I’ve been watching the PG&E usage reports for the house closely over the past few months, because we’ve made a few changes to power-consuming appliances.  Earlier in the year we started using our gas fireplace insert for heating instead of the gas furnace.  Last month there was a big change in the gas use – it dropped to about a 1/4 of what we’d used the previous month.  That I’d attributed to the new electric dryer replacing a gas appliance, although it seemed an extraordinarily large drop considering the gas dryer was supposed to be energy efficient.  But the weird thing about that usage report is that it showed the gas price per therm had more than doubled from the previous month.  If the rate hadn’t changed, our big drop gas use would have lowered our gas bill to about $20, compared to over $100 the month before.  So both of those lines looked odd in the report.  If the cost for natural gas from PG&E really did double in one month, you’d think that others would remark on that.

This month I was more interested in looking at the electric use, expecting it to drop because we’re now using Smart Strips to reduce standby power consumption for the PC, TV and related devices.  No big change – as a matter of fact, our electricity use went up over the previous month – not by much; .2 kWh per day.  But the gas usage and cost per therm numbers still look weird.  The usage went up – it’s just about even with the same month the previous year, but way up over last month’s use.  And the cost per therm dropped back down to the level it was at two months ago.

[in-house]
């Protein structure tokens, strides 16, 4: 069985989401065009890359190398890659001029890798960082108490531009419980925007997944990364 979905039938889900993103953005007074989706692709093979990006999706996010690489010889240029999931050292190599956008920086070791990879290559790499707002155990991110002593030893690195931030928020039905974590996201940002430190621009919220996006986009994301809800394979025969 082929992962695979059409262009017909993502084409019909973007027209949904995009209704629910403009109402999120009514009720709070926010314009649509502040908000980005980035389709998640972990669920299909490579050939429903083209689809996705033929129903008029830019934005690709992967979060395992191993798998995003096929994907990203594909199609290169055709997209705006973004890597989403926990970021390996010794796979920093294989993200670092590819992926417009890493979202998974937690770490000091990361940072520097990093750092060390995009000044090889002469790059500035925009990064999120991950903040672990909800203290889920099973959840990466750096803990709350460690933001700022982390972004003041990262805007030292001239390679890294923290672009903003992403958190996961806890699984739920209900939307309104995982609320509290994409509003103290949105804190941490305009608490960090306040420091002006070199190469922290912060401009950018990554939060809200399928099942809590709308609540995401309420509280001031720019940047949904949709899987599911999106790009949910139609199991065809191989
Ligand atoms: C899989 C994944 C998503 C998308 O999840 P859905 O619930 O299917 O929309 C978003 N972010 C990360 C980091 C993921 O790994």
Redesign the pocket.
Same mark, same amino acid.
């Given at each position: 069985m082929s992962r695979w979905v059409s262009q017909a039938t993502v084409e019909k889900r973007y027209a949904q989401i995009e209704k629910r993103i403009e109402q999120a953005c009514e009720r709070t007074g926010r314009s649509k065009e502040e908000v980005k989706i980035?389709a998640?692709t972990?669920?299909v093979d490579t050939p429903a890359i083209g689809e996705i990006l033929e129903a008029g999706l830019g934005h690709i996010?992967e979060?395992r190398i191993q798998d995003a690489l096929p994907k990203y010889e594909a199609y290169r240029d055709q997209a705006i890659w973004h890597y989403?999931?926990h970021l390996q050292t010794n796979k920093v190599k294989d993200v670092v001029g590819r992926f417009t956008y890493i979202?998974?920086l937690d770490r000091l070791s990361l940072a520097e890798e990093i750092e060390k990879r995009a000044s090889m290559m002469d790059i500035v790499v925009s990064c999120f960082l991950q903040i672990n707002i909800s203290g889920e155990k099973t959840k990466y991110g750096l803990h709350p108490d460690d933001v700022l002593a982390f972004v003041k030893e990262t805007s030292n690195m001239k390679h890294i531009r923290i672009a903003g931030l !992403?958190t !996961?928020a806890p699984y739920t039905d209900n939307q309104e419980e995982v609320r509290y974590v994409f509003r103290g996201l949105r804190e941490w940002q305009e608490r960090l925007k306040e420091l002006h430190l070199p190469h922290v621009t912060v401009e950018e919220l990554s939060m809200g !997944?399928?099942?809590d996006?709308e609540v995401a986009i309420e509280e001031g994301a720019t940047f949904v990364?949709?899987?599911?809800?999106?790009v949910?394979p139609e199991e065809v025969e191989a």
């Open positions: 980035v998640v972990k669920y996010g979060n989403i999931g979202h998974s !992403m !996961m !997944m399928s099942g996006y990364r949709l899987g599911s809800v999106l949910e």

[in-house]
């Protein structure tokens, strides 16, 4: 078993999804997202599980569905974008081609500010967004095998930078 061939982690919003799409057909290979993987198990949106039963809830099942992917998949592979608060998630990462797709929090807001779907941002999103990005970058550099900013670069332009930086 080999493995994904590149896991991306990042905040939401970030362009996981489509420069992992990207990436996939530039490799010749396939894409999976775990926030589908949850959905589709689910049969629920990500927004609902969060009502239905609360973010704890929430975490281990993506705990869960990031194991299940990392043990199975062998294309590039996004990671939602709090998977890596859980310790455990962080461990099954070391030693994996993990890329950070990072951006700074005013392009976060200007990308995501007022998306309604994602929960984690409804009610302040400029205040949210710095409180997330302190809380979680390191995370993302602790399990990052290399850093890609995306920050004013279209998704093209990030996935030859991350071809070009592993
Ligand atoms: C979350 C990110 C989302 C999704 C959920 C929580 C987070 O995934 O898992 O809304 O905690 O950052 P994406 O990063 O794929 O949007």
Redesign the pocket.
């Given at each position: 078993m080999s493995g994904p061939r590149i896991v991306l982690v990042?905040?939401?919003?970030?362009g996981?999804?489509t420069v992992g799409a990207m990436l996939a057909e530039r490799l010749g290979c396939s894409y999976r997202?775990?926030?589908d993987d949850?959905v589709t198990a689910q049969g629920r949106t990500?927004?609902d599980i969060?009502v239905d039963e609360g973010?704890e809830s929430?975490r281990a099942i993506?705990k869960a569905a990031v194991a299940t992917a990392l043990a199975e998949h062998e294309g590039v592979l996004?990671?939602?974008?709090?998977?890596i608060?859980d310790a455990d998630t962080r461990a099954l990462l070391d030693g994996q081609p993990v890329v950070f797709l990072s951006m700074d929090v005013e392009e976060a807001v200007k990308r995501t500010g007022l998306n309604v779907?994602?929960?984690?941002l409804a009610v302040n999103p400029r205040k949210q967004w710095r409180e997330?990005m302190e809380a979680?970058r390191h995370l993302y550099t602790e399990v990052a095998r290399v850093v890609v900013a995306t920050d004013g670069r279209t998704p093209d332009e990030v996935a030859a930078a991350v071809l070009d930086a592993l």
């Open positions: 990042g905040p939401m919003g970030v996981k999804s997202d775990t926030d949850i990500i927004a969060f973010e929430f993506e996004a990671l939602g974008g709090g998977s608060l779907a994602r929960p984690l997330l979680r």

The other thing we have to factor in here as a “known unknown” is the new SmartMeter that PG&E installed on the gas meter in March.  That’s supposed to provide more accurate information about our daily gas use and send it via RF to PG&E.  But the numbers have looked strange since that was installed, so I suspect they’re still working out some reporting bugs.

2 thoughts on “ too smart for its own good ”

  1. We were recently alarmed to receive a PG&E bill for the mostly unoccupied Stinson Beach house that was 10 times the normal amount. Turns out they read the meter wrong, but of course I was imagining all sorts of things — like someone rewiring the electrical so that we were paying for everyone on the hillside.

    1. I’m always thinking that our neighbors have somehow tapped into our water or power supplies. When we get the water bill and it says we’re using 100 gallons a day, my reaction is “Impossible! The neighbor must be connecting a hose to the outdoor faucet when we’re at work.” Or something equally implausible.

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